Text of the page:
R. Lopez gets ball as No. 1 starter

5 pitchers pleased as Perlozzo sets Orioles' rotation

March 23, 2006|By JEFF ZREBIEC | JEFF ZREBIEC,SUN REPORTER

FORT LAUDERDALE, Fla. --They entered manager Sam Perlozzo's office yesterday morning five strong, eager to hear when their 2006 season will officially get under way.

Perlozzo and pitching coach Leo Mazzone summoned the Orioles' starting pitchers and informed them of their position in the team's rotation, with the highlight being the appointment of right-hander Rodrigo Lopez to take the mound for the April 3 season opener against the Tampa Bay Devil Rays at Camden Yards.

After Perlozzo made the announcement, which was little more than a formality, the rest of the starters applauded Lopez, who will draw his second straight Opening Day start for the Orioles and his third in four seasons.

"Perfect," said Daniel Cabrera of the decision to slot Lopez as the staff's No. 1. "He is the man in the rotation."

"For all he has went through and for how well he pitched last year, Rodrigo definitely deserved to be the No. 1," Bruce Chen agreed.

"My first time I was Opening [Day] starter, I was really nervous," Lopez said. "I was thinking too much, but I got through it. But last year ... I took it like a veteran, like it was just another game. I try to be the guy for the team. I feel pretty excited right now."

Perlozzo filled out the rest of his rotation with left-hander Erik Bedard behind Lopez on April 5 after a day off. Kris Benson, the right-hander who the Orioles acquired in an offseason trade with the New York Mets to fill out the rotation, will close out the Devil Rays' series.

Cabrera, the 24-year-old right-hander, will start at home against the Boston Red Sox on April 7, with Chen, the journeyman left-hander who was arguably the Orioles' most consistent starter last season, being slotted as the club's fifth starter.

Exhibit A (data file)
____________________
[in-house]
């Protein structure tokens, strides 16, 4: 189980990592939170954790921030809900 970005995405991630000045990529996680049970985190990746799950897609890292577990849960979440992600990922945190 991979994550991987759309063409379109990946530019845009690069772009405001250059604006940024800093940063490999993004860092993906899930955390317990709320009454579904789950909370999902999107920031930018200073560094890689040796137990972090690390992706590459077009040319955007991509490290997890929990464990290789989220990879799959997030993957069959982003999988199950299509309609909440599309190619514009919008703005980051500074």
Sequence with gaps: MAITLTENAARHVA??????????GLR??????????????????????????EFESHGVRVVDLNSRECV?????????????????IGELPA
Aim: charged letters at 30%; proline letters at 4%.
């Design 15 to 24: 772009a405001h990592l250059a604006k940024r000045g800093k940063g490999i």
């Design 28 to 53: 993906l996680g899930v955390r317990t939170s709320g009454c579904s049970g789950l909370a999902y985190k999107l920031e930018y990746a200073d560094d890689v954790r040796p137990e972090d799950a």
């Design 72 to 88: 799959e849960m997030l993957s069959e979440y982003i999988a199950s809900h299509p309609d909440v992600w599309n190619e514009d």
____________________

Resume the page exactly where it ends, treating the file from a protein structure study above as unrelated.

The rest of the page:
As a group, the Orioles' rotation has a career 177-173 record. While admitting that the participation of four of the club's five starters in the World Baseball Classic made matters difficult, Perlozzo said that he was comfortable with however the rotation shook out.

"I told them I felt Rodrigo deserved to be No. 1 because of what he has done in the past," Perlozzo said. "They know they all have to pitch and do well. I told them they were going to be the backbone of our team. I was counting on the starters to band together. I think we are going to be a lot better than people think."

Signed in 2001 as a minor league free agent, Lopez has developed into the one mainstay in the Orioles rotation. He has a 51-40 career record over four seasons in an Orioles uniform. In what was an inconsistent 2005 campaign, Lopez still led the Orioles with 15 wins - he was 15-12 with a 4.90 ERA - and the durable right-hander tied the Oakland Athletics' Barry Zito for the American League lead with 35 starts.

"Five years ago, I wouldn't think that this could happen," said Lopez, who was Mexico's top starter in the World Baseball Classic. "My goal was to pitch in the big leagues and to try to establish myself. My goals weren't to be a No. 1 starter or anything like that. I think I've been pretty blessed. I think I just worked hard and tried to get better day by day."

Lopez laughed when Perlozzo's announcement drew applause from his teammates.

"It's good to have their support," he said. "We have a pretty good bond among the starters. One of the ideas is to try and stay together."

Lopez then reminded reporters of the fishing trip that the rest of the Orioles starters took earlier this spring, where the group, which included catcher Geronimo Gil, caught no fish in a five-hour span, but enjoyed "laughing and telling stories." The trip was organized by Benson, who as a 31-year-old, is the veteran of the staff.

Benson, the only Orioles starter not to pitch in the Classic, was acquired to be one of the anchors of the Orioles' rotation, but he said he was pleased with his No. 3 slotting. Perlozzo said that it had more to do with matchups and the staggered schedule of guys returning from the Classic, than Benson's uneven spring performance.

"I think it is going to be a real good mix," said Benson, who has a 5.54 ERA in four spring starts. "We have a righty, lefty, righty, huge righty and a lefty. I think splitting Rodrigo and I is a good thing. I think we throw a lot of similar things as far as our pitch selection. To throw Bedard in between us, I think it is a good move.

"But ultimately, it doesn't really matter where you fall. It's just a matter of going out there and pitching well." jeff.zrebiec@baltsun.com

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